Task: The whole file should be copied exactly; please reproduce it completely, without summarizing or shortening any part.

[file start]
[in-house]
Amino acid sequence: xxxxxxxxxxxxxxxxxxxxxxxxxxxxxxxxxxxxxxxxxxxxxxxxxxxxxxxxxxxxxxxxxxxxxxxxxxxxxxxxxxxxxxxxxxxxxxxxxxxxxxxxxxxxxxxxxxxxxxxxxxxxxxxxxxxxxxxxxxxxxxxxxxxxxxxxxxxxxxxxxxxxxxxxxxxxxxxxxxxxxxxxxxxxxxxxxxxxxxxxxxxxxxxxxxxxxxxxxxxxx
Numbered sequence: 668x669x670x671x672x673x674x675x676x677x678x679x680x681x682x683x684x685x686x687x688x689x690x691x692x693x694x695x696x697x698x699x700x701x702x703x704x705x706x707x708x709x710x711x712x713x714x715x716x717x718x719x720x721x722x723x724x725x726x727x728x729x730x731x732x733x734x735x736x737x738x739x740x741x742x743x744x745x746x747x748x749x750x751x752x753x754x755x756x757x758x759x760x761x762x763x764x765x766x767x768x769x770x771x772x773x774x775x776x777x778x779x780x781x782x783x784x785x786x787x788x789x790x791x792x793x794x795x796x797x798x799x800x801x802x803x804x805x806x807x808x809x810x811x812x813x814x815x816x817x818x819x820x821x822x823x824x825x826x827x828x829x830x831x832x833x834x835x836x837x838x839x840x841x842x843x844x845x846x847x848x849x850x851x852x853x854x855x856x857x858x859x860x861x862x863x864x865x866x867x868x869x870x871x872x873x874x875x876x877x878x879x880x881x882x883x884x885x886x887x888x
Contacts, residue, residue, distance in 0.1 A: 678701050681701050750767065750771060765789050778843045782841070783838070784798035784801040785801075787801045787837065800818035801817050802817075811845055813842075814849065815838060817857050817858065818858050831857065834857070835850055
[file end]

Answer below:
[in-house]
Amino acid sequence: xxxxxxxxxxxxxxxxxxxxxxxxxxxxxxxxxxxxxxxxxxxxxxxxxxxxxxxxxxxxxxxxxxxxxxxxxxxxxxxxxxxxxxxxxxxxxxxxxxxxxxxxxxxxxxxxxxxxxxxxxxxxxxxxxxxxxxxxxxxxxxxxxxxxxxxxxxxxxxxxxxxxxxxxxxxxxxxxxxxxxxxxxxxxxxxxxxxxxxxxxxxxxxxxxxxxxxxxxxxxx
Numbered sequence: 668x669x670x671x672x673x674x675x676x677x678x679x680x681x682x683x684x685x686x687x688x689x690x691x692x693x694x695x696x697x698x699x700x701x702x703x704x705x706x707x708x709x710x711x712x713x714x715x716x717x718x719x720x721x722x723x724x725x726x727x728x729x730x731x732x733x734x735x736x737x738x739x740x741x742x743x744x745x746x747x748x749x750x751x752x753x754x755x756x757x758x759x760x761x762x763x764x765x766x767x768x769x770x771x772x773x774x775x776x777x778x779x780x781x782x783x784x785x786x787x788x789x790x791x792x793x794x795x796x797x798x799x800x801x802x803x804x805x806x807x808x809x810x811x812x813x814x815x816x817x818x819x820x821x822x823x824x825x826x827x828x829x830x831x832x833x834x835x836x837x838x839x840x841x842x843x844x845x846x847x848x849x850x851x852x853x854x855x856x857x858x859x860x861x862x863x864x865x866x867x868x869x870x871x872x873x874x875x876x877x878x879x880x881x882x883x884x885x886x887x888x
Contacts, residue, residue, distance in 0.1 A: 678701050681701050750767065750771060765789050778843045782841070783838070784798035784801040785801075787801045787837065800818035801817050802817075811845055813842075814849065815838060817857050817858065818858050831857065834857070835850055